Inside, the Tiguan is dressed in black or gray shades—a two-tone black and orange is available and better than it sounds. The cabin can be stark, and there’s not much personality, but an available panoramic sunroof can open up inside for more interest if needed.

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2021 Volkswagen Tiguan


Not thrilling, but also comfortable and competent.

It’s not thrilling, but the 2021 Tiguan is competent. Acknowledging that every day isn’t race day, we give it a 6 for performance based on an easy ride.

Every crossover is equipped with a 184-hp 2.0-liter turbo-4 and 8-speed automatic. Front-wheel drive is standard, but all-wheel drive is a popular upgrade.

Its four-wheel independent suspension is worth bragging about, and even on top SEL Premium models with 20-inch wheels, the ride is calm and mostly smooth.

The Tiguan steers easily down the road without much drama, the wheel is light and mostly fuss-free. There are a few selectable drive modes that slightly change the crossover’s behavior although we’re not convinced the buttons aren’t just placebos anyway.

The turbo-4 isn’t overwhelming but will accelerate at highway speeds fairly easily. Same goes for its 8-speed automatic; its greatest gift is that it gets out of the way.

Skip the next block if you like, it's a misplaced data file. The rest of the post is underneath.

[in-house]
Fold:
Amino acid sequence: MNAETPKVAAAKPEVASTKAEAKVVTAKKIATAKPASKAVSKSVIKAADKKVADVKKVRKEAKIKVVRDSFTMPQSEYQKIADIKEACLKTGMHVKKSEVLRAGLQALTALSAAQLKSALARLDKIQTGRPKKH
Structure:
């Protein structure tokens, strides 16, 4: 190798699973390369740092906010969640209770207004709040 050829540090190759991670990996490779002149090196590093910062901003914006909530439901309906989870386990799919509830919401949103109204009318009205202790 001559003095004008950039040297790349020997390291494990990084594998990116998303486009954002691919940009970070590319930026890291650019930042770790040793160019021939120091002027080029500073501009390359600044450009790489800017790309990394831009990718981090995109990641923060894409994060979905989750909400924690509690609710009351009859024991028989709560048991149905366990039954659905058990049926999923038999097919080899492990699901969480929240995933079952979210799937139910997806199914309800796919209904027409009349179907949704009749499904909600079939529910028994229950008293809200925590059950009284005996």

In case you’re not picking up what we’re putting down: The Tiguan is just comfortable and calm. There are better driving crossovers, or better crossovers for off-roading, but the Tiguan just…is.

That’s the point.

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2021 Volkswagen Tiguan

Comfort & Quality

The VW Tiguan is bigger inside than most of its competitors.

Bigger than most of its rivals, the 2021 Tiguan earns points above average for its roomy first and second rows, and capacious cargo area. Among compact crossovers, it’s one of the few that could hold up to five adults—albeit perhaps not big adults. It’s an 8 for comfort.

The front seats are firm but supportive, with good outward vision. All but the base model get good synthetic leather upholstery or real hides, and heated front seats.

The rear seats offer 38.7 inches of leg room without a third row installed, or 36.5 inches with the wayback included. A third row is standard on front-drive models, and optional on all-wheel-drive versions. We suggest skipping the third row altogether: not only does it offer scant 27.9 inches of leg room with a knees-up seating position, which is only advisable for children, it’s also a challenge to climb aboard, the seats aren’t comfortable, it robs cargo space, and the Atlas is better for that family mission anyhow. Buh-bye third row, you won’t be missed.

With the first two rows in place, the Tiguan holds 37.6 cubic feet of cargo. With the backseat folded forward, that expands to 73.5 cubic feet.

Tiguans look mostly handsome inside and are fitted with high-quality materials, but they’re stark and uninteresting. An optional sunroof helps brighten it, and we’d spring for it.

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2021 Volkswagen Tiguan


Crash-test scores are incomplete, but what’s in is good.

Federal crash testers haven’t comprehensively tested a Tiguan for reasons that we don’t know. (It should have been crash-tested by now.)

Luckily, the IIHS has fully tested a Tiguan and gave it a Top Safety Pick award. That, combined with standard active safety features, net the Tiguan a 7 for safety.